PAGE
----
If your child has developed rashes, and you're not sure what the cause is, then it is wise to have them undergo allergy testing. It's a safe and comprehensive way to determine what is causing the skin irritation. Because it can be nerve wracking anytime you bring your child in to see a doctor, here is a overview of how the tests are administered.
Before The Test
In order to create a baseline, the doctor or nurse will wash your child's skin and then apply two substances. The first is saline. If the child has a skin reaction to saline(which most people are not allergic to ), then they are going to have hyper sensitive skin, which will guide the doctor's analysis.The next step is two swab the skin with histamine. This should cause a reaction. If your child has no reaction to the histamine swab, then the skin tests might not be adequate and the doctor might jump right ahead to blood work.
Percutaneous Skin Tests
This is the most common sort of allergy test you will run across. The doctor will take a small pin (called a lancet) that has a bit of a potential allergen on it, and make a tiny prick on the surface of the skin. The pin/needle does not go deep into the skin. The doctor will often draw circles on the skin and number these circles so that if one area develops a rash, they can correlate it to a particular substance that is causing the reaction.
Intradermal Skin Testing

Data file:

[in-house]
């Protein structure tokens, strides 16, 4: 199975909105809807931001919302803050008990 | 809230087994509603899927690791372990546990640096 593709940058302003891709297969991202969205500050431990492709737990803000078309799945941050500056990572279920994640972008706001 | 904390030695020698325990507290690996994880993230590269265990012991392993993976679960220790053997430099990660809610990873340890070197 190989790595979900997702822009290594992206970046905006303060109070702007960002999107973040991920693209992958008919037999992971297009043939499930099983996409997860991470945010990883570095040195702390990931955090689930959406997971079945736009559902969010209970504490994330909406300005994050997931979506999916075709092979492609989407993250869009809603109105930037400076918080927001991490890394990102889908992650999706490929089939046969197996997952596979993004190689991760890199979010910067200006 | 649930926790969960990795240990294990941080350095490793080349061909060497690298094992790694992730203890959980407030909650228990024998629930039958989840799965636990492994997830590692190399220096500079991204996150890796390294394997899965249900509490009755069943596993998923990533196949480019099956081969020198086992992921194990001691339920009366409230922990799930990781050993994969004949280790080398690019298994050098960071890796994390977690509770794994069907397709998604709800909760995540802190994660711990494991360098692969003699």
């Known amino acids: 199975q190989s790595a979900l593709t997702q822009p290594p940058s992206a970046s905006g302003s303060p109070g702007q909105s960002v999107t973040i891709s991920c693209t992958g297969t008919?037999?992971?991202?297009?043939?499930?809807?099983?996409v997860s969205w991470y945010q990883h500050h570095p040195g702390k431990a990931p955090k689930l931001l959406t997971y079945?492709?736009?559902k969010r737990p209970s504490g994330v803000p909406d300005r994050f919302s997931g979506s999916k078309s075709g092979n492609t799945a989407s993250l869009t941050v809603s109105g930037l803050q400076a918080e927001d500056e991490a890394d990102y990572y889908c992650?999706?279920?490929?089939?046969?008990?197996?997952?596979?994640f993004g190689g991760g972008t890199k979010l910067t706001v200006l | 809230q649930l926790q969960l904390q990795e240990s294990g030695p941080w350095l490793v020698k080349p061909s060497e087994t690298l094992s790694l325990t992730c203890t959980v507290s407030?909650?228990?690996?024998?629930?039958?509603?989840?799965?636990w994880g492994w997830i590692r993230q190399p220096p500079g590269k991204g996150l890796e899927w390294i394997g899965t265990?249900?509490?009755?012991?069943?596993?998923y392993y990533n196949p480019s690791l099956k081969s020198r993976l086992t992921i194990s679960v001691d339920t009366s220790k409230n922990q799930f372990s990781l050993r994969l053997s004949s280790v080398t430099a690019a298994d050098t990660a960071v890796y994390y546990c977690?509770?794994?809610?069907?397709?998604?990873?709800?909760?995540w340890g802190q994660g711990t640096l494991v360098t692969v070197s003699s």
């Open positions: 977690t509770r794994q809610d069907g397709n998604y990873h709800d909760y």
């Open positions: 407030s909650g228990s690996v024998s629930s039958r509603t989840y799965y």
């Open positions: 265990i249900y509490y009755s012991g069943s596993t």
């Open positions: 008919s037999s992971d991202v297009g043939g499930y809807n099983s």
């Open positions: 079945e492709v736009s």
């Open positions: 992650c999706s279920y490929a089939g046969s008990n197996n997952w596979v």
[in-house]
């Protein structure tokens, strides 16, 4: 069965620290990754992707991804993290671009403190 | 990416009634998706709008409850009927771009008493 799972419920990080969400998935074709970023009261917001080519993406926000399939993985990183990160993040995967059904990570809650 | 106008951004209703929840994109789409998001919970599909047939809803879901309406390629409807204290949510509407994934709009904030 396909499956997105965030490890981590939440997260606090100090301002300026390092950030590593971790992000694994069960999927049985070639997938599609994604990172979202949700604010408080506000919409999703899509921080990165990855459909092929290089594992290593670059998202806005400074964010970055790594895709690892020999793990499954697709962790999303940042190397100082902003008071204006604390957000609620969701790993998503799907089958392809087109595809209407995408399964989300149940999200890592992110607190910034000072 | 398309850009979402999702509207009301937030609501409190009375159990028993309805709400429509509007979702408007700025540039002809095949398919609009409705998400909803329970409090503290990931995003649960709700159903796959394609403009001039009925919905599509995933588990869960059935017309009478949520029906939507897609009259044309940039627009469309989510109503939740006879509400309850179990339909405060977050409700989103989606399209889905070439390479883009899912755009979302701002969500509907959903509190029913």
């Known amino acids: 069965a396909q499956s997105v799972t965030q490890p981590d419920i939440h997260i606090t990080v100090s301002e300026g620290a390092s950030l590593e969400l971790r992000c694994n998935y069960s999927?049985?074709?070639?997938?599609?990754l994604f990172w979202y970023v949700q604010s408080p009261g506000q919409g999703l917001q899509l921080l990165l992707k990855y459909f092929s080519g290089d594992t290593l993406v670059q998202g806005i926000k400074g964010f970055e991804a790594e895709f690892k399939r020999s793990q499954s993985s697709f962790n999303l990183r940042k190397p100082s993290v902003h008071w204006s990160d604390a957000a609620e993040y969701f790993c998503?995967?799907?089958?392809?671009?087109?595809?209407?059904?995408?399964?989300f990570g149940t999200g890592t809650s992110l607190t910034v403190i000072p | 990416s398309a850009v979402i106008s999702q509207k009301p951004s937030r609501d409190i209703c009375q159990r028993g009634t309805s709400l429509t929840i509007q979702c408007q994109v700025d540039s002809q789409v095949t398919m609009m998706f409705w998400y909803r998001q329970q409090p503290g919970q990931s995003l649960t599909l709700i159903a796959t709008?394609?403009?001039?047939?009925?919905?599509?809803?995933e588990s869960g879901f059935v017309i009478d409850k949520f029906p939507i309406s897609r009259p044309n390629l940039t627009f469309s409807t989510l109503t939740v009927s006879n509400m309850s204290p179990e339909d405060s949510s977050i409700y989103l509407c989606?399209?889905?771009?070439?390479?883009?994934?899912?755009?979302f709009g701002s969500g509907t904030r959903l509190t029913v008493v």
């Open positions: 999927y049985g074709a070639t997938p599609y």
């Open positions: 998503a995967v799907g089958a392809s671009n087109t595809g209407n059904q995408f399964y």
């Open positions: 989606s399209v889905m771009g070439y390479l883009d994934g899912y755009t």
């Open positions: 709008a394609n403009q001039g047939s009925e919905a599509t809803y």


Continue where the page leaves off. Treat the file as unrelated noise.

This is less common and is only used when the doctor does not see results with the percutaneous test, yet still feels that there is something causing an allergy. It is also used to look at allergic reactions to two specific substances: insect venom (such as bee stings) and penicillin. The doctor will use a needle, not a pin, to inject the substantial into the skin. The test is considered to be more accurate, so if the results of the pin test are inconclusive, this is the next step.
Skin Patch Test
The skin patch test is done without needles or pins. Instead, a piece of the potential allergen (cotton, plastic, perfume, wool) is placed on the skin and then covered with a patch. The doctor will then tell you to keep it covered for at least a day. This test is excellent at determining allergic reactions that will only show up with prolonged contact (such as with your child's clothing and recurring contact dermatitis).
These tests are done if your child is on a medication (such as an anti-histamine) that will prevent rashes from flaring up. The doctor will draw blood, and then mix the potential allergens with the blood to see if there is a reaction.